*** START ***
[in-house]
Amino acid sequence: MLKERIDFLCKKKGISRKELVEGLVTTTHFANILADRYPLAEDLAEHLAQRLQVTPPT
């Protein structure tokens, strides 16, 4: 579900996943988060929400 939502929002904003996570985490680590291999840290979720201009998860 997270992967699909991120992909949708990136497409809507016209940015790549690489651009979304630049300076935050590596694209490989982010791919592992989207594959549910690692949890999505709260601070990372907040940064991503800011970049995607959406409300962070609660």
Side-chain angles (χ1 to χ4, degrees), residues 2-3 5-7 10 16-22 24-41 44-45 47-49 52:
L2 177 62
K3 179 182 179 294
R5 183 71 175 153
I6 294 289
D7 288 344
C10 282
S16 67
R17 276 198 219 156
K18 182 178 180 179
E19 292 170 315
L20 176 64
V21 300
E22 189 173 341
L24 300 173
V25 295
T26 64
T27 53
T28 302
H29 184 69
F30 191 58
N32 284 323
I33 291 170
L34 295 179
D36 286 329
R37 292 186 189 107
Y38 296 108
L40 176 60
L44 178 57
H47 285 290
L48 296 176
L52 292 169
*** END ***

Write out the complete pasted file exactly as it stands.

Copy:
[in-house]
Amino acid sequence: MLKERIDFLCKKKGISRKELVEGLVTTTHFANILADRYPLAEDLAEHLAQRLQVTPPT
């Protein structure tokens, strides 16, 4: 579900996943988060929400 939502929002904003996570985490680590291999840290979720201009998860 997270992967699909991120992909949708990136497409809507016209940015790549690489651009979304630049300076935050590596694209490989982010791919592992989207594959549910690692949890999505709260601070990372907040940064991503800011970049995607959406409300962070609660």
Side-chain angles (χ1 to χ4, degrees), residues 2-3 5-7 10 16-22 24-41 44-45 47-49 52:
L2 177 62
K3 179 182 179 294
R5 183 71 175 153
I6 294 289
D7 288 344
C10 282
S16 67
R17 276 198 219 156
K18 182 178 180 179
E19 292 170 315
L20 176 64
V21 300
E22 189 173 341
L24 300 173
V25 295
T26 64
T27 53
T28 302
H29 184 69
F30 191 58
N32 284 323
I33 291 170
L34 295 179
D36 286 329
R37 292 186 189 107
Y38 296 108
L40 176 60
L44 178 57
H47 285 290
L48 296 176
L52 292 169